First up on the list heading north was Makohine Viaduct hill, which we blasted over in 12th gear at 42km/h and 1500rpm. A little further up the road though was the infamous Carters Hill, a nothing of a climb to the untrained eye although more than one old timer told us back in the day it was the steepest section of State Highway 1 northbound between Wellington and Auckland. Who knows, but it does sap the life out of most trucks albeit for a short time, in the same sort of way Tarawera does heading west on the NapierTaupo. Anyway, Carters was crested in 11th gear at 35km/h and again 1500rpm. So, the take home from that is nothing’s going to trouble the truck too much in this application. And that ’s reflected in the fuel consumption to date running at a 1.83kpl (5.16mpg) this early on. With a bit of freeing up and familiarity on Gary’s part that ’s only going to improve. Equipped with the top lights the DAF illuminates all before it, a very handy feature as the curtains came down on the day. At Waiouru, Gary swung the big yellow machine on to State Highway 49, and on to number 4 and the National Park rather than up the main drag. “ There’s roadworks right up through there to Atiamuri at the moment and it’s a pain. I’m also a bit cautious around the lake now too. There are some interesting speeds and lane-keeping going on, and the guys who don’t know the Park tend to keep away. That ’s great. Suits us older fellas.” Once upon a time the downside of good ‘spotties’ was the eye’s inability to adapt quickly when you dipped, but the modern marvels of halogen lighting outside the cab and anti-fatigue lights inside mean this a As we drifted north toward Raurimu the green light bar Gary’s installed on the dash lit up each time a truck passed in the other direction. To our unbridled joy Gary voiced his hatred for what he called the ‘death wink,’ the age-old truck driving habit of using the indicator as a social communications device.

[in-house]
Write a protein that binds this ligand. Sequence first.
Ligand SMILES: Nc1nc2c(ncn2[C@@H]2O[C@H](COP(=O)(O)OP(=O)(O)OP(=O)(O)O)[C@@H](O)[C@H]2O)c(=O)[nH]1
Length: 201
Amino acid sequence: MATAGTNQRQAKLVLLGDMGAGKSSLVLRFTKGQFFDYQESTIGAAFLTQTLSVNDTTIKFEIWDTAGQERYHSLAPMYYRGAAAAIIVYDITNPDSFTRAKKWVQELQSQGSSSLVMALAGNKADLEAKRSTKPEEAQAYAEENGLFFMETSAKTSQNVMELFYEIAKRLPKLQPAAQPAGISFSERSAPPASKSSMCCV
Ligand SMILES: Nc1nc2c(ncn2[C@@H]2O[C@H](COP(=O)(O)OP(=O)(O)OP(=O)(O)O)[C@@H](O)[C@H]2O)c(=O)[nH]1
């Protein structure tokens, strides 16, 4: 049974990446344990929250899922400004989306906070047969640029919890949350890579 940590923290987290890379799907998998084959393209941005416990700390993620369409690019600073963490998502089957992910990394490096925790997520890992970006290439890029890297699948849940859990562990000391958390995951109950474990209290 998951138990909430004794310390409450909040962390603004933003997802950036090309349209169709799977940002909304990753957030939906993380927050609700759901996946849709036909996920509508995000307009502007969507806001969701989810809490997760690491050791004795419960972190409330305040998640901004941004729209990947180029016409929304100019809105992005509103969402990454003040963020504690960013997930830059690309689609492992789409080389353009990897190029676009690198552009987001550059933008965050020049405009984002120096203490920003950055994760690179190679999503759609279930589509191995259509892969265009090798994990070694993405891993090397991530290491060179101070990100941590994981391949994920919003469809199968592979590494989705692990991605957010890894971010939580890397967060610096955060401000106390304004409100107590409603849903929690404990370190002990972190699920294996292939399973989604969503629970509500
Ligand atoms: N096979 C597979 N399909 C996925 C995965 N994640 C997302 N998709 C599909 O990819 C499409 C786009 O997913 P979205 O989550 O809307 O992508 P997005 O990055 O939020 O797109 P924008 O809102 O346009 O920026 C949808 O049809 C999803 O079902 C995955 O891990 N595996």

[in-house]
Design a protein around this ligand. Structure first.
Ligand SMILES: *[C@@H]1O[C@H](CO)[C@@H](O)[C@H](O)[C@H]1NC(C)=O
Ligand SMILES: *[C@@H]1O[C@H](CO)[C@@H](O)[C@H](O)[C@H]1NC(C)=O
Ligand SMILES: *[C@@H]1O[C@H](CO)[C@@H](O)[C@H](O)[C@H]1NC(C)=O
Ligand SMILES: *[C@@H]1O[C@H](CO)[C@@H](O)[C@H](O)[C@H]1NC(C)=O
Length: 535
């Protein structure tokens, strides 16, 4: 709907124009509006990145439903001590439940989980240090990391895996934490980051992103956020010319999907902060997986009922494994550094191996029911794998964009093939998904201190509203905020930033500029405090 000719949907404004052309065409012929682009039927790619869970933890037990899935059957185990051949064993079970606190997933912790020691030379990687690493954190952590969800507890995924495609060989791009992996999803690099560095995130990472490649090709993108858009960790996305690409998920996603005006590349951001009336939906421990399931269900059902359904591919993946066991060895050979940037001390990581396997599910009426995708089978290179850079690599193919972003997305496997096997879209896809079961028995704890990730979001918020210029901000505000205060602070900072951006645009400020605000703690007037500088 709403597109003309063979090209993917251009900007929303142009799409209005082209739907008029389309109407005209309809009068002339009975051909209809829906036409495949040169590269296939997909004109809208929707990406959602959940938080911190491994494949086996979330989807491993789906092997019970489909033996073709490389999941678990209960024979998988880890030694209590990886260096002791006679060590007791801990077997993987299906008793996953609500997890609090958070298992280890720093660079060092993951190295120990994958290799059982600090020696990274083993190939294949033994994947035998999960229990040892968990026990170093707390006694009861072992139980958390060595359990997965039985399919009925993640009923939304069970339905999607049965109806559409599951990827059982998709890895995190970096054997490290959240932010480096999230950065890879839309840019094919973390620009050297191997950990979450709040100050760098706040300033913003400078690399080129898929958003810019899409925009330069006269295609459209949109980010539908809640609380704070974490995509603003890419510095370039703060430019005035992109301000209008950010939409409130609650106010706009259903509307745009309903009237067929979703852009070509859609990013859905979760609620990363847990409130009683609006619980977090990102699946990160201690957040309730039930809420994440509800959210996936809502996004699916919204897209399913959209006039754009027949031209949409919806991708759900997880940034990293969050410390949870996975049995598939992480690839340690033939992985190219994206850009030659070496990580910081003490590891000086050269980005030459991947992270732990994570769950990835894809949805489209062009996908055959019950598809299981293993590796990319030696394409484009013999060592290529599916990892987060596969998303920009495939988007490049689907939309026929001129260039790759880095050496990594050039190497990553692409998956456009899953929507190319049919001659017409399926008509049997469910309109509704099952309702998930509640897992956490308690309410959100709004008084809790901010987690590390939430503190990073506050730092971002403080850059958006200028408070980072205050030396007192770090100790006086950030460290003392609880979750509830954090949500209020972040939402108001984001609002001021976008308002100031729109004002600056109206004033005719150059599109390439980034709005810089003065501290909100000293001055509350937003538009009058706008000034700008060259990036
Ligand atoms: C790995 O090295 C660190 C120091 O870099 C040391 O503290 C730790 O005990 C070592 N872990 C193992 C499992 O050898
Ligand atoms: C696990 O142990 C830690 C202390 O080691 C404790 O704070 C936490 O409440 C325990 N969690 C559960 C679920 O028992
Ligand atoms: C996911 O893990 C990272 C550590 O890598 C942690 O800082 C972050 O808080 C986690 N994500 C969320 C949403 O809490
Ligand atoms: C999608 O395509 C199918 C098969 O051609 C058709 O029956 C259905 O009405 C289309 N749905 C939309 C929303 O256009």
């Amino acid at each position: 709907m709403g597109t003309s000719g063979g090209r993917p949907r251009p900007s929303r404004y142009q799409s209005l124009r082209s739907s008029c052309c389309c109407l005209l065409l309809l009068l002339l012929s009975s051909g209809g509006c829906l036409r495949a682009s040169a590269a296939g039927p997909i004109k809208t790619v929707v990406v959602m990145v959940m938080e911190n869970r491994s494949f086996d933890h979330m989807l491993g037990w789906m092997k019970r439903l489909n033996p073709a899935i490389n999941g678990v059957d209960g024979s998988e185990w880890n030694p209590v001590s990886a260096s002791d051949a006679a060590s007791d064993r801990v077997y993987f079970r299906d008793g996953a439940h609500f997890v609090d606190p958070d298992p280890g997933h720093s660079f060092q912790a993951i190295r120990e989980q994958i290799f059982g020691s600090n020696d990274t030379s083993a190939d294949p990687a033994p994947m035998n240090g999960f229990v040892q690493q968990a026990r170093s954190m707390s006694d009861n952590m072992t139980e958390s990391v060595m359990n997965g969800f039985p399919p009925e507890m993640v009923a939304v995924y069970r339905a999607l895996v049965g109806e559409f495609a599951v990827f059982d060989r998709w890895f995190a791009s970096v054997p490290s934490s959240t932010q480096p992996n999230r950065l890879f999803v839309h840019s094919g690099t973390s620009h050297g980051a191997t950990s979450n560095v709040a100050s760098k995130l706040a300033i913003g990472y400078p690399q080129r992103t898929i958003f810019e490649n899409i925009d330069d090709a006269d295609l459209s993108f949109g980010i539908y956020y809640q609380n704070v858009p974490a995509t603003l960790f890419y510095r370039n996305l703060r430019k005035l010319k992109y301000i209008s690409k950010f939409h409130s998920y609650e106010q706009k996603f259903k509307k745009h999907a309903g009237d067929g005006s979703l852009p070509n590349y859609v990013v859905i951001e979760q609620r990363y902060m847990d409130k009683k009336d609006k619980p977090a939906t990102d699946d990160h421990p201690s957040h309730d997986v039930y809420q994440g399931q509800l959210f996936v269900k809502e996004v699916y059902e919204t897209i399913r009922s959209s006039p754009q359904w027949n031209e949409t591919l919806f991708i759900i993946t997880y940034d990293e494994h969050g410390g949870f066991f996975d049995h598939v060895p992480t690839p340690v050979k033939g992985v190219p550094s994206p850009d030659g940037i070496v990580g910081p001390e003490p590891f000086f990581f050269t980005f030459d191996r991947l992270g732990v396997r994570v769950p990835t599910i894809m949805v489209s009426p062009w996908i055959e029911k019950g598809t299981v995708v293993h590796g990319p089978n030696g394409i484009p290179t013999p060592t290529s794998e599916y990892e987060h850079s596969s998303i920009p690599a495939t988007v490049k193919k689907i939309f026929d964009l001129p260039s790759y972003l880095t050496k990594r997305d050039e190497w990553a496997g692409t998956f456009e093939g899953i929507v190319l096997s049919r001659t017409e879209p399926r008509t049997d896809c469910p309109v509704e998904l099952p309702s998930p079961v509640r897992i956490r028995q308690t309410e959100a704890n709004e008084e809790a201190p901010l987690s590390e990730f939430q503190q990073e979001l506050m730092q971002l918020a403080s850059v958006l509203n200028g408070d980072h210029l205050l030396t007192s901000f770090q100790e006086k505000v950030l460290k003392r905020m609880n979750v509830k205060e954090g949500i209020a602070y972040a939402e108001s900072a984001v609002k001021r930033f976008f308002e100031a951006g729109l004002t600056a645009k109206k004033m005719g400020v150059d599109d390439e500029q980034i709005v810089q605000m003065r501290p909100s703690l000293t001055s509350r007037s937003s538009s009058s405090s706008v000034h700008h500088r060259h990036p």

Photo: One of the iconic spots on the run north up number one – hooking the right hander in the main street of Bulls. ‘Plateau here we come!’
“I can’t stand it. I reckon it’s been the cause of some carnage over the years. It’s a crazy, crazy thing to do. I love communicating with the brothers on the road, but it’s so easy to rig up a flasher without using the bloody indicators.” Dropping off the steep grade past Raurimu the truck’s descending control function held proceeds at a steady 75km/h. Gary sets the speed on the smart wheel and the truck makes use of all available stopping apparatus to manage the situation. Having the AS Tronic gearbox, the Gundesen machine comes with the ZF Intarder, a three-stage hydrodynamic secondary retarder system integrated into the gearbox providing a whopping 500kW (670hp) of stopping power. That gives the machine five layers of auxiliary braking including the exhaust and engine brake. On the one hand there’s no stopping the DAF, on the other hand there’s plenty!
Photo: Another day another dock. Now loading for home.